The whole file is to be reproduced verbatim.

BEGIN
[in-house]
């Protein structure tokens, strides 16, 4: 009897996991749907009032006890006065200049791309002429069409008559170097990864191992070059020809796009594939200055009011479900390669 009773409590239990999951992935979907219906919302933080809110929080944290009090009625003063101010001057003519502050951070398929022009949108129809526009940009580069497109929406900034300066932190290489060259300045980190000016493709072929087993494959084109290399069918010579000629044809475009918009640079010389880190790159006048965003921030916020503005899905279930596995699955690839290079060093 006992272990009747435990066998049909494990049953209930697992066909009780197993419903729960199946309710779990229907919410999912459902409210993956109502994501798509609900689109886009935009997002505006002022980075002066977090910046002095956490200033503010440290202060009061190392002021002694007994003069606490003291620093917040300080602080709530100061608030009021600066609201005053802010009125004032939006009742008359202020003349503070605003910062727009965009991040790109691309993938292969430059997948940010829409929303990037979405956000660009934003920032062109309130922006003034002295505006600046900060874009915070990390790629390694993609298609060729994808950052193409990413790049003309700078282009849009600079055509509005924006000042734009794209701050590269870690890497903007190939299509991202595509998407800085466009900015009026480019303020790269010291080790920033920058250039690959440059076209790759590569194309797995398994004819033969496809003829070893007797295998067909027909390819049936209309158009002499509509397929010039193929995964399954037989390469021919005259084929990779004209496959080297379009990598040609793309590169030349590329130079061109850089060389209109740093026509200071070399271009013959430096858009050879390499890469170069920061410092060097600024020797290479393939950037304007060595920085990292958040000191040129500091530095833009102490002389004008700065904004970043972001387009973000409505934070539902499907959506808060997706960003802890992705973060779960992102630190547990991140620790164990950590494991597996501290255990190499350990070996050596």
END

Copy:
[in-house]
């Protein structure tokens, strides 16, 4: 009897996991749907009032006890006065200049791309002429069409008559170097990864191992070059020809796009594939200055009011479900390669 009773409590239990999951992935979907219906919302933080809110929080944290009090009625003063101010001057003519502050951070398929022009949108129809526009940009580069497109929406900034300066932190290489060259300045980190000016493709072929087993494959084109290399069918010579000629044809475009918009640079010389880190790159006048965003921030916020503005899905279930596995699955690839290079060093 006992272990009747435990066998049909494990049953209930697992066909009780197993419903729960199946309710779990229907919410999912459902409210993956109502994501798509609900689109886009935009997002505006002022980075002066977090910046002095956490200033503010440290202060009061190392002021002694007994003069606490003291620093917040300080602080709530100061608030009021600066609201005053802010009125004032939006009742008359202020003349503070605003910062727009965009991040790109691309993938292969430059997948940010829409929303990037979405956000660009934003920032062109309130922006003034002295505006600046900060874009915070990390790629390694993609298609060729994808950052193409990413790049003309700078282009849009600079055509509005924006000042734009794209701050590269870690890497903007190939299509991202595509998407800085466009900015009026480019303020790269010291080790920033920058250039690959440059076209790759590569194309797995398994004819033969496809003829070893007797295998067909027909390819049936209309158009002499509509397929010039193929995964399954037989390469021919005259084929990779004209496959080297379009990598040609793309590169030349590329130079061109850089060389209109740093026509200071070399271009013959430096858009050879390499890469170069920061410092060097600024020797290479393939950037304007060595920085990292958040000191040129500091530095833009102490002389004008700065904004970043972001387009973000409505934070539902499907959506808060997706960003802890992705973060779960992102630190547990991140620790164990950590494991597996501290255990190499350990070996050596």